July 2013
Volume 13, Issue 9
Free
Vision Sciences Society Annual Meeting Abstract  |   July 2013
The components and modality-specificity of word representations in the human visual system: an adaptation study
Author Affiliations
  • Diana Choi
    Department of Ophthalmology and Visual Sciences, University of British Columbia\nDepartment of Medicine (Neurology), University of British Columbia
  • Hashim Hanif
    Department of Ophthalmology and Visual Sciences, University of British Columbia\nDepartment of Medicine (Neurology), University of British Columbia
  • Charlotte Hills
    Department of Ophthalmology and Visual Sciences, University of British Columbia\nDepartment of Medicine (Neurology), University of British Columbia
  • Jason J S Barton
    Department of Ophthalmology and Visual Sciences, University of British Columbia\nDepartment of Medicine (Neurology), University of British Columbia
Journal of Vision July 2013, Vol.13, 1304. doi:10.1167/13.9.1304
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      Diana Choi, Hashim Hanif, Charlotte Hills, Jason J S Barton; The components and modality-specificity of word representations in the human visual system: an adaptation study. Journal of Vision 2013;13(9):1304. doi: 10.1167/13.9.1304.

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      © ARVO (1962-2015); The Authors (2016-present)

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Abstract

Background: While many studies have used adaptation to probe the neural representation of faces, few have used this to examine how words are represented in the human visual system. Last year we established that word aftereffects exist and are invariant for script style (Hanif et al, J Vis 2012: 12(9): 1060). Objective: Our goals were, first, to use adaptation to examine the contribution of components of words to the word aftereffect and second, to determine if there was cross-modal transfer of aftereffects. Methods: 30 subjects participated in Experiment 1. Two pairs of compound words of equal length were chosen as base stimuli, in upper case Arial font. Ambiguous probe stimuli were created by merging different degrees of transparencies of the pairs together in an overlay, with added Gaussian noise. The 5-second adapting stimuli were either the original words, words with the component morphemes re-arranged, or a rearrangement of the original words’ letters into a meaningless string. 12 subjects participated in Experiment 2. Two pairs of words were chosen. Probe stimuli were generated by either the same method, or a morphing procedure, for comparison. In the visual condition, the original words were presented as 5-second adapting stimuli, while in the auditory condition, the adaptor was a 4.8-second tape of different individuals saying the original word every 800ms. Results: Experiment 1 generated a 17% aftereffect for whole words, while the re-arranged morphemes generated a small 5% aftereffect, and letter strings generated no aftereffect. Experiment 2 generated a 10% aftereffect for whole visual words, irrespective of probe type, but no aftereffect from auditory words. Conclusion: Visual words have a strong representation at the whole-word level, and a minor grapheme component. As found previously for face expression and age aftereffects, there was no cross-modal transfer from the auditory sense.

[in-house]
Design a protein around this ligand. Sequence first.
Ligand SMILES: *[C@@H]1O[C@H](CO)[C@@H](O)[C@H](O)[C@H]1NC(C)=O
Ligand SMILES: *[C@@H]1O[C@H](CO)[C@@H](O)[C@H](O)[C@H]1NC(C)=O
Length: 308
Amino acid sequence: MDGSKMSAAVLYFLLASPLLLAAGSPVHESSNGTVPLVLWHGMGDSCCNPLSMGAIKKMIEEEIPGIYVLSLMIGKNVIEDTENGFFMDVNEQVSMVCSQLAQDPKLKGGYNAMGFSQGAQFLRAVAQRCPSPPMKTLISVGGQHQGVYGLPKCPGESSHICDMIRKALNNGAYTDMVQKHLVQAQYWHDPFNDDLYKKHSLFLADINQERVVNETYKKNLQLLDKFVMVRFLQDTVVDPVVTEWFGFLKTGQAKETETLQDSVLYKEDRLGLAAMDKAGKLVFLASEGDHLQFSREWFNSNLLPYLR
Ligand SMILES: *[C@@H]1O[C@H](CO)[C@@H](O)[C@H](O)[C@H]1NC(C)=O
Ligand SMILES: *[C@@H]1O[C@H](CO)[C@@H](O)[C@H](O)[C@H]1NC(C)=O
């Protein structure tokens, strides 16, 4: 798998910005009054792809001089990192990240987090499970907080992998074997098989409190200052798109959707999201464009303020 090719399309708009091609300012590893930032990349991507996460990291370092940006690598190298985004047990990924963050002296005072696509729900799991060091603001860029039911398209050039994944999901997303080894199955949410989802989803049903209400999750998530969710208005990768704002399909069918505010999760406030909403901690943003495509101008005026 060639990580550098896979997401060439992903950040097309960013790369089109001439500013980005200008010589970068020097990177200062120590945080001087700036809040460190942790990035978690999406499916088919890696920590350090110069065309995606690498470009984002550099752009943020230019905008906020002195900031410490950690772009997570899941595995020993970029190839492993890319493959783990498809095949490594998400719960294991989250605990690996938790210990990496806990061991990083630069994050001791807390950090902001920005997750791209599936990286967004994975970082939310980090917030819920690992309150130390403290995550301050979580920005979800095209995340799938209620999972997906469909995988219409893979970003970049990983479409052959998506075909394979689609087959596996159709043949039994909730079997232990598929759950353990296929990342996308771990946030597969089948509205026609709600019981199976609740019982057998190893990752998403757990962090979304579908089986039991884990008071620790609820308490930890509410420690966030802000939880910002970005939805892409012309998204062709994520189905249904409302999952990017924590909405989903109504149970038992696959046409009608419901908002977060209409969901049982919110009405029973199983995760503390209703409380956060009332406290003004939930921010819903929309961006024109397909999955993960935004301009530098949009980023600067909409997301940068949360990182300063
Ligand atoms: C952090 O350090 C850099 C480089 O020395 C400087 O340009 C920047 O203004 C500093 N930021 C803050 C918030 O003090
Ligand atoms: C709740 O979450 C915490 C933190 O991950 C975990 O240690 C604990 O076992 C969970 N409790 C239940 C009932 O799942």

Meeting abstract presented at VSS 2013

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